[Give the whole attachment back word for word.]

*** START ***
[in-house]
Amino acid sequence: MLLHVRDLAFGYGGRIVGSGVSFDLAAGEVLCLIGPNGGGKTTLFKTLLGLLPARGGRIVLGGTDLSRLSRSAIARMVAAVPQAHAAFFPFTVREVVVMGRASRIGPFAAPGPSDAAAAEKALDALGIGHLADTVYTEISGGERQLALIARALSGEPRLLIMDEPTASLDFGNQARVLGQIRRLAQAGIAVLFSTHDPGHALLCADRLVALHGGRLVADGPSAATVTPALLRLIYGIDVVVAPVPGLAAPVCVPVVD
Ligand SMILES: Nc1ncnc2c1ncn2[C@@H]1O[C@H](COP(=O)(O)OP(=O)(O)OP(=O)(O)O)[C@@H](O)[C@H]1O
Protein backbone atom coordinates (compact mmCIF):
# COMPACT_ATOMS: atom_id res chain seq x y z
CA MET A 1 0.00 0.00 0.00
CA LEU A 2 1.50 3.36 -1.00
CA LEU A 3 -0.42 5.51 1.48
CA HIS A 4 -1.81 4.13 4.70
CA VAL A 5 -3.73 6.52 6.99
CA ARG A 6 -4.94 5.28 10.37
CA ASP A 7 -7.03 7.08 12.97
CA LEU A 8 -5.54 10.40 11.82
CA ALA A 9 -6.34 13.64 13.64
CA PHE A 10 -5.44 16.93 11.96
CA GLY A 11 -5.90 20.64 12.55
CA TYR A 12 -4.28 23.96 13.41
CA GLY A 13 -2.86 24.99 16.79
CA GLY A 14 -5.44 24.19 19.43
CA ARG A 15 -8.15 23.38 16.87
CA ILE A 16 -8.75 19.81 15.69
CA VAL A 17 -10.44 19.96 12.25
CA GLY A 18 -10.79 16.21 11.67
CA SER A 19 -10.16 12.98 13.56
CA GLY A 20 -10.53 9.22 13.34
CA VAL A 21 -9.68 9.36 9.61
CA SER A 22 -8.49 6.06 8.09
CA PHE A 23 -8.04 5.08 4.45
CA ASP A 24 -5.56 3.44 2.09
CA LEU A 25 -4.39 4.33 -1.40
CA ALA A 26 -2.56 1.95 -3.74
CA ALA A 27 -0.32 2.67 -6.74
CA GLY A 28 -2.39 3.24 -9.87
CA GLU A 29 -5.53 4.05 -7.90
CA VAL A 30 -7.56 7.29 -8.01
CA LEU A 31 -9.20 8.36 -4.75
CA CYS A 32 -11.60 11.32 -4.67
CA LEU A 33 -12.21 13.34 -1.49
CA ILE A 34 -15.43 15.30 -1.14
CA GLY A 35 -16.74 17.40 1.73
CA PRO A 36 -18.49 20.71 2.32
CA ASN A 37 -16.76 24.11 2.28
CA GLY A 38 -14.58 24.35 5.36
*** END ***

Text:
[in-house]
Amino acid sequence: MLLHVRDLAFGYGGRIVGSGVSFDLAAGEVLCLIGPNGGGKTTLFKTLLGLLPARGGRIVLGGTDLSRLSRSAIARMVAAVPQAHAAFFPFTVREVVVMGRASRIGPFAAPGPSDAAAAEKALDALGIGHLADTVYTEISGGERQLALIARALSGEPRLLIMDEPTASLDFGNQARVLGQIRRLAQAGIAVLFSTHDPGHALLCADRLVALHGGRLVADGPSAATVTPALLRLIYGIDVVVAPVPGLAAPVCVPVVD
Ligand SMILES: Nc1ncnc2c1ncn2[C@@H]1O[C@H](COP(=O)(O)OP(=O)(O)OP(=O)(O)O)[C@@H](O)[C@H]1O
Protein backbone atom coordinates (compact mmCIF):
# COMPACT_ATOMS: atom_id res chain seq x y z
CA MET A 1 0.00 0.00 0.00
CA LEU A 2 1.50 3.36 -1.00
CA LEU A 3 -0.42 5.51 1.48
CA HIS A 4 -1.81 4.13 4.70
CA VAL A 5 -3.73 6.52 6.99
CA ARG A 6 -4.94 5.28 10.37
CA ASP A 7 -7.03 7.08 12.97
CA LEU A 8 -5.54 10.40 11.82
CA ALA A 9 -6.34 13.64 13.64
CA PHE A 10 -5.44 16.93 11.96
CA GLY A 11 -5.90 20.64 12.55
CA TYR A 12 -4.28 23.96 13.41
CA GLY A 13 -2.86 24.99 16.79
CA GLY A 14 -5.44 24.19 19.43
CA ARG A 15 -8.15 23.38 16.87
CA ILE A 16 -8.75 19.81 15.69
CA VAL A 17 -10.44 19.96 12.25
CA GLY A 18 -10.79 16.21 11.67
CA SER A 19 -10.16 12.98 13.56
CA GLY A 20 -10.53 9.22 13.34
CA VAL A 21 -9.68 9.36 9.61
CA SER A 22 -8.49 6.06 8.09
CA PHE A 23 -8.04 5.08 4.45
CA ASP A 24 -5.56 3.44 2.09
CA LEU A 25 -4.39 4.33 -1.40
CA ALA A 26 -2.56 1.95 -3.74
CA ALA A 27 -0.32 2.67 -6.74
CA GLY A 28 -2.39 3.24 -9.87
CA GLU A 29 -5.53 4.05 -7.90
CA VAL A 30 -7.56 7.29 -8.01
CA LEU A 31 -9.20 8.36 -4.75
CA CYS A 32 -11.60 11.32 -4.67
CA LEU A 33 -12.21 13.34 -1.49
CA ILE A 34 -15.43 15.30 -1.14
CA GLY A 35 -16.74 17.40 1.73
CA PRO A 36 -18.49 20.71 2.32
CA ASN A 37 -16.76 24.11 2.28
CA GLY A 38 -14.58 24.35 5.36